If this were true only of the media debate, it wouldn’t much matter. Hitchens and Delingpole can look after themselves. But if you think that governments – even scientific advisers – are unaffected by public opinion, you haven’t been watching.

We all have cognitive biases. I certainly do. I was initially too blasé about this bug, having seen the same pattern of alarmism with bird flu, swine flu and others. Even now, I find myself reading cheerful news (for example, studies suggesting that quite a few of us may already have had the virus with mild or zero symptoms) more readily than gloomy news (for example, suggestions that recovering from Covid-19 does not guarantee immunity). I sometimes have to make myself read the surveys that challenge my prejudices.

I am subject to these biases, and so is everyone else. In government, the biases pull overwhelmingly toward harsher restrictions. Ministers know that they will never be criticised for playing it too safe. They know that the polls show huge support for restrictions. They know that people are more concerned about a present threat than about future economic hardships, however terrible.

That is not to say that Ministers are wrong to be cautious. They have more information in front of them than I have. We should simply be aware of the pressures on them. If there are good reasons to delay easing the restrictions, there are also bad ones, such as “The public won’t wear it”, or “We can’t decide this until the Prime Minister is back” or “Let’s wait a little longer just to be sure”.

Recall why the shutdown was decreed in the first place. It wasn’t to defeat the disease; no one can do that in the absence of a vaccine. Rather, it was to buy time to build NHS capacity. We wanted to be sure that our hospitals would not be overwhelmed, as had tragically happened in parts of Italy. Yet the talk now – not only from commentators, but from ministers – is about “turning the corner” or “winning the battle”.

The first objective is laudable: no one objects to the idea of paying to ensure that we have enough ventilators and critical beds. The second objective is impossible, because the disease has no cure.

The only test that counts is whether we can be confident that the peak of the infection will not overwhelm our system – in other words, that people will not die for want of medical attention. Ministers now suggest that they are indeed confident about it. If so, a phased easing of the restrictions should start right away.

Real Estate, and Personal Injury Lawyers. Contact us at: https://westlakelegal.com 

Ryan Bourne: What is the Government using the shutdown for?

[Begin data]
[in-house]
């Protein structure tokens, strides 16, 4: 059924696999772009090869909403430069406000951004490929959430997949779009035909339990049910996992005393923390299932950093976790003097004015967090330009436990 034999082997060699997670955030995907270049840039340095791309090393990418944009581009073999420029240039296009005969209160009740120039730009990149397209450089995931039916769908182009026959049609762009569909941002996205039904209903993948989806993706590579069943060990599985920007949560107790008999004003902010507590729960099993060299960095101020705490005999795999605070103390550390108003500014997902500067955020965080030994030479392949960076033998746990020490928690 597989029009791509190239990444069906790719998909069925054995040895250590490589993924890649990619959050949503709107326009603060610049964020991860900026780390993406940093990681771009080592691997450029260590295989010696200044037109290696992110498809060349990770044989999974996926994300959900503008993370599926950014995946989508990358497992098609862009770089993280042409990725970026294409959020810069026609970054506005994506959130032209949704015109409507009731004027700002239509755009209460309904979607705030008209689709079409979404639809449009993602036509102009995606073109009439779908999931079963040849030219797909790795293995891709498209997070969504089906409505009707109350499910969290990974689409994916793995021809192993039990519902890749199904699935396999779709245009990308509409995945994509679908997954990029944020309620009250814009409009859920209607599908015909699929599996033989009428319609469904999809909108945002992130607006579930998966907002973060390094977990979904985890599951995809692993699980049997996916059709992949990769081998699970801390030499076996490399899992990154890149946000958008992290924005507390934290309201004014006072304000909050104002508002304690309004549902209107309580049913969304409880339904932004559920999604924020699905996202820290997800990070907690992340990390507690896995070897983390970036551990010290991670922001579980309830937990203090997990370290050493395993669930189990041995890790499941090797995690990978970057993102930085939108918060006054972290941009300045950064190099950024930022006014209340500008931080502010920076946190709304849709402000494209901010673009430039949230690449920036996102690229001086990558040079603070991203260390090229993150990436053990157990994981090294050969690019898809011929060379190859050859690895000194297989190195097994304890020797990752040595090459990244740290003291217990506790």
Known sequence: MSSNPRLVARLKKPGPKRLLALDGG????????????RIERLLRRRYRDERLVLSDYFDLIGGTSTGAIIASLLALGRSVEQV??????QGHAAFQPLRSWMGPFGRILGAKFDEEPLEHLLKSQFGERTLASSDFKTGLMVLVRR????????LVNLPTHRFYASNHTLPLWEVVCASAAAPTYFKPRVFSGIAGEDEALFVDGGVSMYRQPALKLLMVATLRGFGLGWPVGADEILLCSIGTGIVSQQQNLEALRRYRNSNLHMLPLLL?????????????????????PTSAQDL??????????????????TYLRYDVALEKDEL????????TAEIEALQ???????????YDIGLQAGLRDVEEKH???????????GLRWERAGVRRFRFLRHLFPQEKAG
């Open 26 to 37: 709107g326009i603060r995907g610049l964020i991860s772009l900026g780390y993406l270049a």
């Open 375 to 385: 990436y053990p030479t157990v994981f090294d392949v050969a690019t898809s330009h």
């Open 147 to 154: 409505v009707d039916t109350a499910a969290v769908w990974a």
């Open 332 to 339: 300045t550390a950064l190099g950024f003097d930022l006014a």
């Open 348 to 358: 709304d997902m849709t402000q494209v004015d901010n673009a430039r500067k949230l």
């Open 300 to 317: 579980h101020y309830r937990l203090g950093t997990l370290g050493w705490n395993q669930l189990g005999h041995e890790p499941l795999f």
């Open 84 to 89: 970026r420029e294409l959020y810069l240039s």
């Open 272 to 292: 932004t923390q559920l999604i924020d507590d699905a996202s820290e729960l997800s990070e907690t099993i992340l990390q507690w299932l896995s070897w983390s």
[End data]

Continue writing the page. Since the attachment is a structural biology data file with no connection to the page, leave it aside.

Ryan Bourne holds the R Evan Scharf Chair in Public Understanding of Economics at the Cato Institute. 

Covid-19 is producing an economic bloodbath across developed economies. OECD sectoral analysis suggests lockdowns will see day-to-day activity fall 25-30 per cent across countries for their duration; the Office for Budget Responsibility reckons 35 per cent in the UK. Even if this lasted for just three quarters, with immediate rapid bounce-back, GDP would be 10 per cent lower over the year – a much greater downturn than after the Great Recession.

You don’t need economic expertise to realise that closing businesses and locking people at home reduces activity. U.S. data shows 16.6 million Americans – over a tenth of its labour force – filed for unemployment insurance in the past three weeks.

Universal Credit here in Britain has seen 1.2 million extra claims since March 16. That’s after unprecedented actions, remember, to discourage layoffs. The OBR assumes a strong recovery and no permanent economic damage, but the longer this goes on, the more businesses fail and employment relationships get destroyed. After some duration, mothballing activity becomes more damaging relative to economic adaptation. No wonder, per Fraser Nelson, Boris Johnson wonders about the wisdom of restrictions.

Truly dreadful GDP and unemployment figures are incoming. But Johnson must remember this: the economy would still be cratering even without lockdown, because of changes to behaviour and collapsing supply chains.

Swedish unemployment is rising faster than after 2008, even with laxer social distancing measures. South Korea, with its test-and-track approach, has seen growth give way to recession. Consumers and producers will avoid getting sick by forgoing much “social spending” and risky production even absent government orders.

This effect probably accounts for 50 per cent of the downturn. We tend to attribute all outcomes to politicians, but you could re-open every cinema across the country tomorrow and barely anyone would go. So false dichotomy #1 is that the economic alternative to lockdowns is normality.

In reality, the economy will only fully “normalise” once the virus threat is vanquished. That means a credible vaccine, effective treatment or relatively stable herd immunity (it is unclear how long immunity lasts), or else such an efficient test and contact tracing system that public confidence is restored. Anything else is adaptation or destruction, with a cost. We therefore need less talk of an “exit strategy” for lockdowns and more talk of an exit strategy from covid-19’s stranglehold over our lives.